Brainshark is a cloud-based B2B solution that offers a product called myBrainshark, a software that enables users to create and share video presentations easily.
To test the service, Brainshark offers a free premium trial service (or as the company calls it, freemium service).
Users were experiencing multiple roadblocks on the path from a free-trial to a paying customer.
After analyzing their customer’s behavior Brainshark discovered what the roadblocks were:
- Users were not uploading presentations
- Users were not sharing presentations
Brainshark decided to launch a personalization marketing campaign that displayed actionable tips and tricks for using the product more effectively.
The campaign would only pop up for premium users when they signed into their account or on the product page for users browsing the website.
The multi-product retailer, Argos, had a unique problem when it came to personalization – they had too much data stored in multiple non-collaborative systems.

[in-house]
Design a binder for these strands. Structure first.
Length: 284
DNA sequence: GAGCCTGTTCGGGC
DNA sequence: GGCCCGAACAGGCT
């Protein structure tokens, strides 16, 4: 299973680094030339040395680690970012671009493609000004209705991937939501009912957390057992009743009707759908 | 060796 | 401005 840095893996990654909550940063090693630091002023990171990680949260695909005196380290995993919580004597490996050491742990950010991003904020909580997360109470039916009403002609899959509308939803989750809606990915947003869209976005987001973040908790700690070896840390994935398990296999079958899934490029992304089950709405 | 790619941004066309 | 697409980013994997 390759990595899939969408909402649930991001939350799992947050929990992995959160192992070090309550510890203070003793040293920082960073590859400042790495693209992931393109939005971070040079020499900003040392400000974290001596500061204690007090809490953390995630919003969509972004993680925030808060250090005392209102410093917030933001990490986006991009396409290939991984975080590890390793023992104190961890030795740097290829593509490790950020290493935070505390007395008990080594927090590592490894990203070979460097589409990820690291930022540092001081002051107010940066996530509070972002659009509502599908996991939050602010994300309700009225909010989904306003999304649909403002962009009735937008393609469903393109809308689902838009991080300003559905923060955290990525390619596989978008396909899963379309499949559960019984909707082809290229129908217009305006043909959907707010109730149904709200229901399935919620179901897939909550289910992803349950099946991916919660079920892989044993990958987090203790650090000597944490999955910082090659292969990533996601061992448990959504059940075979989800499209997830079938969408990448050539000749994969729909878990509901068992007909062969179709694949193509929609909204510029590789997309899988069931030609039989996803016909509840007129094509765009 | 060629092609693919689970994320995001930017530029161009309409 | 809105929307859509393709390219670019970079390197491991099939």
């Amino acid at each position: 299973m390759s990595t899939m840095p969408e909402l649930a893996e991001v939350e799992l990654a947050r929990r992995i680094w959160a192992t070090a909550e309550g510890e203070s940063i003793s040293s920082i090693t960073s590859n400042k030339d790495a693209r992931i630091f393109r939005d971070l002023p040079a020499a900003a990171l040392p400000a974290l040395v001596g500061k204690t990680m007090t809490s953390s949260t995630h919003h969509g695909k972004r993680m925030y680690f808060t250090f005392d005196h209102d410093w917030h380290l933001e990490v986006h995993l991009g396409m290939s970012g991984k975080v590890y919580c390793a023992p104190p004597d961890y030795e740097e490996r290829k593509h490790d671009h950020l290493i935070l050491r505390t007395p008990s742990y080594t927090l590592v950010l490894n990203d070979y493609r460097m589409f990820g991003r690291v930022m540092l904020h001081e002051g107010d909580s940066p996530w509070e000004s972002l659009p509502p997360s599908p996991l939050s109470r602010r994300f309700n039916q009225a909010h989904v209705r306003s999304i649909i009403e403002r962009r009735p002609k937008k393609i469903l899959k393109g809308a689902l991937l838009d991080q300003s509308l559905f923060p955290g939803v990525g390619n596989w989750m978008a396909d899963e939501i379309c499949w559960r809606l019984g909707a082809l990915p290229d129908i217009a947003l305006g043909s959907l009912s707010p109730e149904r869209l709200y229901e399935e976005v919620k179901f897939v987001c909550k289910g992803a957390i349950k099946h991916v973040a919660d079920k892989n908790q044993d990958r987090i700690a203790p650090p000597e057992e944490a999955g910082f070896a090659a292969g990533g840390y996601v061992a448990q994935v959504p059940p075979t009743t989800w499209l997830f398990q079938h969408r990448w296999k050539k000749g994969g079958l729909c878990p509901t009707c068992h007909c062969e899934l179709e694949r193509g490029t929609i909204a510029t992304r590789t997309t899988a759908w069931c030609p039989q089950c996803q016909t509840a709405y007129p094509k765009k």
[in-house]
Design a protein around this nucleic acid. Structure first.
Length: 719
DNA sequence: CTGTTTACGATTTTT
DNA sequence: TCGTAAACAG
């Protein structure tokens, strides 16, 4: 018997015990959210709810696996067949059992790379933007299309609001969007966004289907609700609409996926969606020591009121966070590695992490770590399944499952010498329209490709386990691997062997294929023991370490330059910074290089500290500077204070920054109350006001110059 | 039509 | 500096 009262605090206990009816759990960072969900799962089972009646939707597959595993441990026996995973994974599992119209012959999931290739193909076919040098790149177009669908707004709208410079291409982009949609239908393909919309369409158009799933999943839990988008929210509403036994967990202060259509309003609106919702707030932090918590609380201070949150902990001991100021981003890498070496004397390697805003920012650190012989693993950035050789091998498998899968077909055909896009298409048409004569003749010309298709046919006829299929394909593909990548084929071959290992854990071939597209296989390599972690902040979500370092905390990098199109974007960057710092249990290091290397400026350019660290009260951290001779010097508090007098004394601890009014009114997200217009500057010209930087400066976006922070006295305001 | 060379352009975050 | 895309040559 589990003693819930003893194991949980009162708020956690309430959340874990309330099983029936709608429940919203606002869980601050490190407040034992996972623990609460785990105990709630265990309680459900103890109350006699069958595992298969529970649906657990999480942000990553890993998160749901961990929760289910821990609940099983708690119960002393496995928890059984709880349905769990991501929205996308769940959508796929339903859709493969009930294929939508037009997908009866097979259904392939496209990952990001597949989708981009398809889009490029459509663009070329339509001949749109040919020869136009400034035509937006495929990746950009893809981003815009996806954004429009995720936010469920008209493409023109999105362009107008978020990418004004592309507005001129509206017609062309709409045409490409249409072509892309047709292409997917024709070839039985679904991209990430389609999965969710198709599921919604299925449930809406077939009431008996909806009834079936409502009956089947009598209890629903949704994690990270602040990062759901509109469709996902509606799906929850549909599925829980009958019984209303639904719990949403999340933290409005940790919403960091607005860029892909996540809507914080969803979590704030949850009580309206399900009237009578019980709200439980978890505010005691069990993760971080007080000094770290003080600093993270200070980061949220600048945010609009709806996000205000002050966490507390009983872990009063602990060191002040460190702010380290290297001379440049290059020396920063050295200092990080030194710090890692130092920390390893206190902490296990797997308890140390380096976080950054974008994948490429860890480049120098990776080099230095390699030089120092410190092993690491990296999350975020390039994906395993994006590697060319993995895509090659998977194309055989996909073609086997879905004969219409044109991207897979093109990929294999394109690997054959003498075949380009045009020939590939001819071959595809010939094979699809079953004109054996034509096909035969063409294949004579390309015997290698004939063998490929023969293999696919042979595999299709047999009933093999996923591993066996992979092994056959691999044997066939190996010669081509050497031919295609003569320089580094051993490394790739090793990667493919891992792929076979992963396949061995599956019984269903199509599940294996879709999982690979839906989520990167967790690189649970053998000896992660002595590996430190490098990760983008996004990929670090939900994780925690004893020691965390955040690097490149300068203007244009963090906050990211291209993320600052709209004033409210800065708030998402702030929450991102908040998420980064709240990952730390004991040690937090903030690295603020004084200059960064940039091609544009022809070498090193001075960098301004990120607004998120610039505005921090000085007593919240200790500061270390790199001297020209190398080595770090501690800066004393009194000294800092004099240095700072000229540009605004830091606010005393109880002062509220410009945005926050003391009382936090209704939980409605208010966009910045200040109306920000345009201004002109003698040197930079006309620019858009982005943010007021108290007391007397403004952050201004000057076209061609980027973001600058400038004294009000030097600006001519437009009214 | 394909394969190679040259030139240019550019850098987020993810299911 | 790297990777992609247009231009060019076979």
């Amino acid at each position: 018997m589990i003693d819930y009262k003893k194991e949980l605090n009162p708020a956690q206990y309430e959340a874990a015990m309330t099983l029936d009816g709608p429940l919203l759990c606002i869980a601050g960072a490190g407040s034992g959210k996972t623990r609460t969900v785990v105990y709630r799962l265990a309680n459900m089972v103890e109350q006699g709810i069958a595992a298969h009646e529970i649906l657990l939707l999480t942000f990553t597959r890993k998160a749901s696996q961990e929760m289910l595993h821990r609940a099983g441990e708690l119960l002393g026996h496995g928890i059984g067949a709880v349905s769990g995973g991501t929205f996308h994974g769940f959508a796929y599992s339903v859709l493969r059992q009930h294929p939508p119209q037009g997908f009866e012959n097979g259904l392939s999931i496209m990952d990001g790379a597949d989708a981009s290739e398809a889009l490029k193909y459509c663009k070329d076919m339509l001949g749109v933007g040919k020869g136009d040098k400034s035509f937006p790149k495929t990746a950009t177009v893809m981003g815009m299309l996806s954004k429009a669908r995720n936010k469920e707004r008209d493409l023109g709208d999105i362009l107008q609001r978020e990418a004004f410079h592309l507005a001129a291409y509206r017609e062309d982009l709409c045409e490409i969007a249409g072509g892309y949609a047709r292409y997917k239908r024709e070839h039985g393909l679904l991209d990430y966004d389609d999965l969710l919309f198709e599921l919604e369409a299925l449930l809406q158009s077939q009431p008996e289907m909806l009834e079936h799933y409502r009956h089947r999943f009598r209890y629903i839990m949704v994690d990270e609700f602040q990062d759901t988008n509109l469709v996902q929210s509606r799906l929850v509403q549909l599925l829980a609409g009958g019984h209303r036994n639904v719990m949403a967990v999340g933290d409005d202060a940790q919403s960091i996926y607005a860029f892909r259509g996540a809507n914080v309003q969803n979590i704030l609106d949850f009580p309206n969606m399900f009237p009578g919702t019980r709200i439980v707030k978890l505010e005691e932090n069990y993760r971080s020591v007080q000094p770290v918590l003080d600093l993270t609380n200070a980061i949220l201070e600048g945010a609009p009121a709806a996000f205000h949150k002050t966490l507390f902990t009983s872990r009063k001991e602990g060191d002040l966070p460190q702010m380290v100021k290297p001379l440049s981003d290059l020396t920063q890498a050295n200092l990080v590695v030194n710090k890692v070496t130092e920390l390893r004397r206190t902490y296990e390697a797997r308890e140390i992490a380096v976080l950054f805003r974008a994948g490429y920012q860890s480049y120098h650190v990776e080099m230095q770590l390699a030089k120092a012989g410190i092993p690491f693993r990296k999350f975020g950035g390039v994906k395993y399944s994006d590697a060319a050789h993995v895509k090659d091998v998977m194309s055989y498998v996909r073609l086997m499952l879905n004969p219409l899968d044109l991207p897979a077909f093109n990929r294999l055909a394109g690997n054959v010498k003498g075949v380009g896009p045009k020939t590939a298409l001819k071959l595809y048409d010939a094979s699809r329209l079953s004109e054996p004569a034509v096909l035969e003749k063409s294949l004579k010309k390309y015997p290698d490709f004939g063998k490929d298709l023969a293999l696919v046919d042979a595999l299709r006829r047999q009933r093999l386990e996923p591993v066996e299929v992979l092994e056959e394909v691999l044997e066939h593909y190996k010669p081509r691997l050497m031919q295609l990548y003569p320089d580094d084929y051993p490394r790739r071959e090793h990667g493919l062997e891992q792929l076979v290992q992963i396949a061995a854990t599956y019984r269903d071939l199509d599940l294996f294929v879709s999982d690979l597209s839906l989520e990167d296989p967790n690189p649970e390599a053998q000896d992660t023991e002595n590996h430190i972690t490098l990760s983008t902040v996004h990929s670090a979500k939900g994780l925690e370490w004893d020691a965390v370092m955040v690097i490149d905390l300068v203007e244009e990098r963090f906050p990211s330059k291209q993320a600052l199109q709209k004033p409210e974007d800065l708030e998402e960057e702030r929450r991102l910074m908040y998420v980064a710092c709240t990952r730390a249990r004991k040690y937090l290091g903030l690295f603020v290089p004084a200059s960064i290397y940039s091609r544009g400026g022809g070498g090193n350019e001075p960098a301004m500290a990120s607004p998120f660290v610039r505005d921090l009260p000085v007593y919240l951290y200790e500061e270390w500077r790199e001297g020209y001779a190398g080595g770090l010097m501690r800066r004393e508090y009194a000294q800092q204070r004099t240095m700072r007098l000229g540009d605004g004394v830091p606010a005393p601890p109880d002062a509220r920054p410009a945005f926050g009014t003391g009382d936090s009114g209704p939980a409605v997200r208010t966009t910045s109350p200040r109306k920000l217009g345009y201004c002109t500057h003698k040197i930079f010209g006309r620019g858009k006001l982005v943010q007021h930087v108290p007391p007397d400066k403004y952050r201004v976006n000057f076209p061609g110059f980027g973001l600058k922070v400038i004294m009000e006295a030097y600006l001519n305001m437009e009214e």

For this reason, Argos was not able to harness its data to create effective personalized campaigns.
Argos worked with third-party vendors to build a ‘single customer view’ – a large database that stores and organizes all collected data.
The company was then able to successfully create and launch personalized email campaigns that improved its abandonment rates, sales based on recommendations, and its customer retention rates.
Each campaign received extremely positive results and the new system accounted for a 4% increase in total revenue.
The Future is Personalization
Elle Woulfe, VP of Marketing at LookBookHQ and digital marketing guru shares her thoughts on the future of personalization in marketing:
The next wave of personalization techniques will manifest themselves in offline touches. Smart marketers are tapping into predictive analytics and are using account level buying signals to make sure their sales reps know that a prospective customer has a product need even before the customer does. Brands that successfully implement these technologies and harness all the relevant buying signals stand to achieve a substantial competitive advantage.
How can your business not only be a part of the personalization wave but stay ahead of it?